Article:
Software blamed for AOL blackout

Earlier today, America Online members suffered a total lockout for at least an hour due to a buggy software upgrade to its login system.

CNET News staff
2 min read
America Online (AOL) experienced an outage today due to a buggy software upgrade.

Members were completely locked out of the system for at least an hour, and many were locked out for two, according to AOL spokeswoman Wendy Goldberg.

The problem originated this morning during AOL's regularly scheduled maintenance from 4 to 7 a.m. ET, when the company upgraded the software for its login machines, Goldberg said.

Later on in the day--starting at 5:10 p.m. ET--"there was a hiccup in the new software," which caused the outage.

While members who were already on the system were able to stay on, everyone else was locked out, she added.

The system started sporadically accepting logins from different parts of the country at 6:30 p.m. By 7:30 p.m., the system was at full capacity, Goldberg said.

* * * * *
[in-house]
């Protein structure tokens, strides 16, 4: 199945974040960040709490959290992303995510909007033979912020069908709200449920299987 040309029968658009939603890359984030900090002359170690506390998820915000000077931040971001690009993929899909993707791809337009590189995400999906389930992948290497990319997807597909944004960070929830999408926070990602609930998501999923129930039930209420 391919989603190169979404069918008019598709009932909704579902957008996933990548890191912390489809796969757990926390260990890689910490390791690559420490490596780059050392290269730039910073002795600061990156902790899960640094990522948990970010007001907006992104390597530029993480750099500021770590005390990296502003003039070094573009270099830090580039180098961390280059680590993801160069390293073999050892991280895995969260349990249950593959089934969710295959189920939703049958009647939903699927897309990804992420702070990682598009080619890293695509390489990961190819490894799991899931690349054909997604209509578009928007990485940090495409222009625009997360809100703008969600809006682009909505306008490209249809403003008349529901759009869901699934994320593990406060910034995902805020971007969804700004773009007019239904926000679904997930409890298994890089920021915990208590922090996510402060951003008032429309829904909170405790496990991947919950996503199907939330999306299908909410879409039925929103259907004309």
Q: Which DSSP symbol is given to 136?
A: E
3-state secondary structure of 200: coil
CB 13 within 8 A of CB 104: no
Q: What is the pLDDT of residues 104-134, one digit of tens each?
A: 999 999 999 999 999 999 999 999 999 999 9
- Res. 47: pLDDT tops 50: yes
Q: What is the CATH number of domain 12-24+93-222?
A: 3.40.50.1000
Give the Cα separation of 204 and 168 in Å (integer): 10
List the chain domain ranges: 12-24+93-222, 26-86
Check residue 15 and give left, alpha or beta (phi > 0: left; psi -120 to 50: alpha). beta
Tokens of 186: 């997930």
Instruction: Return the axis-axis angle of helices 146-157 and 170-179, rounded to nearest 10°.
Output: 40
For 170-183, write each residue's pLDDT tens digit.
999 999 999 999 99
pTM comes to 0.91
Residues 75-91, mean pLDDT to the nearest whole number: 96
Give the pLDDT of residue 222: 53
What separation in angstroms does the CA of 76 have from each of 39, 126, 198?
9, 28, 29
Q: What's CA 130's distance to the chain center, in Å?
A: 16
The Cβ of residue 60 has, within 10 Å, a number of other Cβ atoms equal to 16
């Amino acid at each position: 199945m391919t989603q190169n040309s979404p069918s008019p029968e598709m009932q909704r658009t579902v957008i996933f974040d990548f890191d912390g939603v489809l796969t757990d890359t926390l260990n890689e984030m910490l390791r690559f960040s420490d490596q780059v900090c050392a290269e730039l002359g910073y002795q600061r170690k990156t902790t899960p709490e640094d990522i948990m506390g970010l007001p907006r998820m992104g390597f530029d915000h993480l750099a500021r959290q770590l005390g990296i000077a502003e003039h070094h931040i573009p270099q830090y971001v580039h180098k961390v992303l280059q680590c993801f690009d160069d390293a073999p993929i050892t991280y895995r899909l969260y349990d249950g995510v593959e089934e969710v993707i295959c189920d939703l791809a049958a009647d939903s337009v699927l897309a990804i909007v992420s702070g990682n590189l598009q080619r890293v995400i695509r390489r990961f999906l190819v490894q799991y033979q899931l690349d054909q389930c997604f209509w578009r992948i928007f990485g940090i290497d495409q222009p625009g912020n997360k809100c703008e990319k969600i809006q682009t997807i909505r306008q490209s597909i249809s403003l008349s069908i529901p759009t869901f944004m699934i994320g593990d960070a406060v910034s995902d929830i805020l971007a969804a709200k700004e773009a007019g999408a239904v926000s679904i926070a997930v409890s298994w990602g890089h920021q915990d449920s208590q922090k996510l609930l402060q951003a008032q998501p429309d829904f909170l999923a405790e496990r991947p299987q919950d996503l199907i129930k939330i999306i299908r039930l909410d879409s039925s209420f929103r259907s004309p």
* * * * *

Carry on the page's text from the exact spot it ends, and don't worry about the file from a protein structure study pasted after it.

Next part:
Members who called into AOL's phone system were greeted with a recorded voice that said, "America Online is experiencing technical difficulties that may affect your connection to our service. If you are unable to connect right now, please try connecting in an hour. We apologize for any inconvenience this causes you, and thank you for your patience."

But patience is a rare commodity these days among AOL members. In fact, this outage--however short lived--couldn't come at a worse time for the online giant.

AOL is currently recovering from a blistering week of negative publicity. Attorneys general from nearly every state have forced AOL into giving refunds to members who have had trouble dialing into the system since AOL went to unlimited pricing in December.

The publicity generated by AOL's state of affairs means that all eyes are upon it. No doubt, today's crisis will not help matters.

In fact, AOL may be on the brink of disaster. While it skated away from its 19-hour outage last August relatively unscathed, its problems are adding up in the minds of users, said Gary Arlen, an analyst with Arlen Communications.

"AOL can afford some short outages, but they can't afford a series of these," he said. "An outage today is part of the overall bad-service package that's been going on for two months now. Some people may not distinguish between an outage and just difficulty with getting on the system."